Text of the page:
The Combined Authorities (Mayoral Elections) Order makes detailed provision about the conduct of the elections for directly elected mayors of combined authorities. Although the order may seem bulky—running to some 151 pages—it is necessary to fully specify all the rules of these elections of combined authority mayors. This full specification of the rules is the approach we use for all other elections.

As I have said, these rules largely replicate the generality of election rules and apply them to the particular situation of combined authority mayors. Therefore, I simply highlight the four areas where special provision for combined authority mayors has been made, because the circumstances of these mayors is such that the standard rules could not appropriately be applied.

First, particular provision has been made for candidate deposits. These are the deposits that candidates must lodge and which are returned to the candidate if their share of the vote is more than 5%. The rules in the draft order provide that the deposit for a mayoral candidate is £5,000. This is the same amount as the deposit for candidates for police and crime commissioners. It is significantly greater than the £500 required for a local authority mayor. The difference reflects, and is commensurate with, both the larger size of the areas over which a combined authority mayor or police and crime commissioner will have jurisdiction and their level of responsibility.

Secondly, there is particular provision for nomination arrangements. This is the number of signatures that candidates are required to collect to be validly nominated for election. With this order, the requirement for candidates for election as combined authority mayors is to secure a minimum of 100 subscriptions—that is, signatures of electors. Moreover, at least 10 of these subscriptions must come from the area of each constituent council; in two-tier areas, from each district council within the area of the combined authority. In cases with more than 10 constituent authorities, candidates will still require at least 10 subscriptions from each area, and so in such a case will require more than 100 total subscriptions. This is a significant increase from the rule for local authority mayors, which requires candidates to secure 28 subscriptions. As with deposits, this increased requirement is commensurate with the increased constituency size and responsibilities of combined authority mayors. The requirement to obtain a number of subscriptions from each constituent area ensures that candidates secure support from the full range of areas, however diverse, within any combined authority. It would prevent for example, candidates being nominated who secure support, say, from one particular part of a combined authority area—perhaps the rural hinterland—but have no support in the urban core.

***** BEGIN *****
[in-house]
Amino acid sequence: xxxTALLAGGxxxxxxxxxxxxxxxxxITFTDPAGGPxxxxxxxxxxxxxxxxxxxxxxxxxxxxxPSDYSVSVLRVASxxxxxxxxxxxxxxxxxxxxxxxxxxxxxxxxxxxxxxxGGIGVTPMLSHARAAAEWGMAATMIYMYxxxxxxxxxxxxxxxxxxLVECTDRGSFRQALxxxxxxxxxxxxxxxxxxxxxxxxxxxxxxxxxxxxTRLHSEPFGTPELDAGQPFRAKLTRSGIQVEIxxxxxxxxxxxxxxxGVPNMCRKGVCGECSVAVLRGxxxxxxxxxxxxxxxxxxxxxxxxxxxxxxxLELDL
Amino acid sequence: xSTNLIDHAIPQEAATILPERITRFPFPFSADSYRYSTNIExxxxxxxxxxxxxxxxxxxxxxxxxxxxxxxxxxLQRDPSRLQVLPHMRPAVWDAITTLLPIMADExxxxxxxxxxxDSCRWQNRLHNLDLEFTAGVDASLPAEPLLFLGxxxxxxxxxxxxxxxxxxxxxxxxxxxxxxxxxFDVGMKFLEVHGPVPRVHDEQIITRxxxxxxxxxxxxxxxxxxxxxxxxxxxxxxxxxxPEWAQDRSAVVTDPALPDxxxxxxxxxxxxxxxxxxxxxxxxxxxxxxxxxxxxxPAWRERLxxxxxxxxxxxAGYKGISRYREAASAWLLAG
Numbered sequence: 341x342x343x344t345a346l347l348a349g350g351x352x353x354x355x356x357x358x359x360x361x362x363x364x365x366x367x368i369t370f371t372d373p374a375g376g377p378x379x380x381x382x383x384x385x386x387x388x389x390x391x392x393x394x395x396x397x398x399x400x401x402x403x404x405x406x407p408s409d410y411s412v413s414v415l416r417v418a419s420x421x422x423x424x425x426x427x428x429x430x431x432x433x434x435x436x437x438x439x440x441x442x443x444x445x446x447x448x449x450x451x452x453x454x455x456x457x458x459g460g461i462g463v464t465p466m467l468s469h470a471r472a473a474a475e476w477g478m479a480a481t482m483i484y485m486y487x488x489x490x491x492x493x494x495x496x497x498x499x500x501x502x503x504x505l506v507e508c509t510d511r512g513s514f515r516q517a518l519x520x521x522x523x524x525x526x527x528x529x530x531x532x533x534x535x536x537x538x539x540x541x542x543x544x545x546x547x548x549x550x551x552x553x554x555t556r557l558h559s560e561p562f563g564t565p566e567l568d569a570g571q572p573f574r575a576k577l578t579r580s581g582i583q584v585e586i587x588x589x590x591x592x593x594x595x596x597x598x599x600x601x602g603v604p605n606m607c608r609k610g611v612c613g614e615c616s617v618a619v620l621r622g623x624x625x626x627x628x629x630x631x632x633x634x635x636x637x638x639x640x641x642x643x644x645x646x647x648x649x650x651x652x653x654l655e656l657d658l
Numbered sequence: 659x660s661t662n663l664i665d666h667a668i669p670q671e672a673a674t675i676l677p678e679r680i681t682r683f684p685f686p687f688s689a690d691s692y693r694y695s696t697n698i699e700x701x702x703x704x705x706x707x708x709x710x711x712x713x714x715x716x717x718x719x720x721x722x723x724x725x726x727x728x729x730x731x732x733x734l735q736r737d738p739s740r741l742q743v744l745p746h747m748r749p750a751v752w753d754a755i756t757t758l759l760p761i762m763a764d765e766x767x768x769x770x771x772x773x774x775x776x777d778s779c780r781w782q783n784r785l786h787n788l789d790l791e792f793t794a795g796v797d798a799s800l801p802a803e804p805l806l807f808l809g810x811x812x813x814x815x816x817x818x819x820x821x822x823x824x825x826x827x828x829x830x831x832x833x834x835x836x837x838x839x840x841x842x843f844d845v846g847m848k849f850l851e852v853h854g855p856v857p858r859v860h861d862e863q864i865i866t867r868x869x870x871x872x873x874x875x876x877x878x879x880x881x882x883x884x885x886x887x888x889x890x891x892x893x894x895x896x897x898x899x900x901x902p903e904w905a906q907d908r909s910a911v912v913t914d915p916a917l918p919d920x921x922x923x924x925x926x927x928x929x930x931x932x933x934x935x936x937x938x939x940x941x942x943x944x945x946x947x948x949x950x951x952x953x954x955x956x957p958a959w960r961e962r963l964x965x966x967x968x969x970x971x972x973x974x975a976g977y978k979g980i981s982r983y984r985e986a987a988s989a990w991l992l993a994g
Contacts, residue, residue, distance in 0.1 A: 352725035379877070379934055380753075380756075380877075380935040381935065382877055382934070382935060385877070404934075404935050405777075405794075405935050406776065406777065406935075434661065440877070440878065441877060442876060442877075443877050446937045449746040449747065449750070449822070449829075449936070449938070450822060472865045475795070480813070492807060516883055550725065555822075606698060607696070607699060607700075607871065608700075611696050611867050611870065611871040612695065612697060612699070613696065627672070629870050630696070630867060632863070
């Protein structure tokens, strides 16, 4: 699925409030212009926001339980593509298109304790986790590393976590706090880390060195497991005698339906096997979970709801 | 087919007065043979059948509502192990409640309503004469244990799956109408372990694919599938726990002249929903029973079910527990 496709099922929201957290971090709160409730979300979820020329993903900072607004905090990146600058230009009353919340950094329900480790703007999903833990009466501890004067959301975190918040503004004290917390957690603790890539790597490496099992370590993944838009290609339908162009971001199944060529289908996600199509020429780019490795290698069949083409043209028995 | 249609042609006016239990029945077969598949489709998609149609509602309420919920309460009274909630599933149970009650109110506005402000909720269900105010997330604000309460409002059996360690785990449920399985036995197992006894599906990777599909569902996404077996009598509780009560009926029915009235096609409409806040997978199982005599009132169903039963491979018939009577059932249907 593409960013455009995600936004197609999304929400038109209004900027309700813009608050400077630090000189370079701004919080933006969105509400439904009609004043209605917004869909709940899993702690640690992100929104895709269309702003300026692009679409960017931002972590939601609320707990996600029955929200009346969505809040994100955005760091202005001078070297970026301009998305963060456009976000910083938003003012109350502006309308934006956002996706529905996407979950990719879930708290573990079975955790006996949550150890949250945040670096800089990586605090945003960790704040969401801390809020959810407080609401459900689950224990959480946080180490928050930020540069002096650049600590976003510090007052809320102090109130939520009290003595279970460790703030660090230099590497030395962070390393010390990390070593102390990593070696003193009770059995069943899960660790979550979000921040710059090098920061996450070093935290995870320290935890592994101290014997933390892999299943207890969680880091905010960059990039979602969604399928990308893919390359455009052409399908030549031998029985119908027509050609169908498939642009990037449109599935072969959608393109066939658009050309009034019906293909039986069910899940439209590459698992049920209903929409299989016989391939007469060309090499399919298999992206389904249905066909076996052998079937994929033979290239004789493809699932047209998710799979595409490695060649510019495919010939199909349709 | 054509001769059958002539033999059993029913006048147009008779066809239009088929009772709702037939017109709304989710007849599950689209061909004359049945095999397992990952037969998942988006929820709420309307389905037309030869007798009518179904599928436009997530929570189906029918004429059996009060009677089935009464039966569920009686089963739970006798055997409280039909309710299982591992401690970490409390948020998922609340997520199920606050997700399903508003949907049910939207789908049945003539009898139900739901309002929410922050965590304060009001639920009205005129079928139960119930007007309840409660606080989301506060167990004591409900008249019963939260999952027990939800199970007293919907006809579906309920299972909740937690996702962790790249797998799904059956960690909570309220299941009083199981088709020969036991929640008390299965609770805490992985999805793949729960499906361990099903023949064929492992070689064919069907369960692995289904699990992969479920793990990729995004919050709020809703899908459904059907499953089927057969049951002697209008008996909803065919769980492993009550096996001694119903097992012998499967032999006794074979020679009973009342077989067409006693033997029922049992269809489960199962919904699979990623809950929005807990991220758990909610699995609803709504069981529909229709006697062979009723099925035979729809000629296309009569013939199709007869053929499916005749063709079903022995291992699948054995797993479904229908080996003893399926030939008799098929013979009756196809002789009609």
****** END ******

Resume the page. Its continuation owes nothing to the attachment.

Thirdly, particular provision is made for candidate spending limits. This is the limit that restricts the amount candidates are able to spend on election expenses during the election campaign. For local authority mayors, candidates are limited to £2,362, plus 5.9p per registered elector in the local authority area. For a combined authority mayor, this limit is £2,362 per constituent council, plus 5.9p per registered elector within the combined authority area. This provision—with the majority of the funding being measured per capita— ensures that appropriate candidate spending limits are set across the range of mayoral combined authorities, which vary significantly in size. Total candidate spending limits under this provision also, when appropriately scaled for numbers of electors, align closely with the spending limit for candidates campaigning for election as Mayor of London.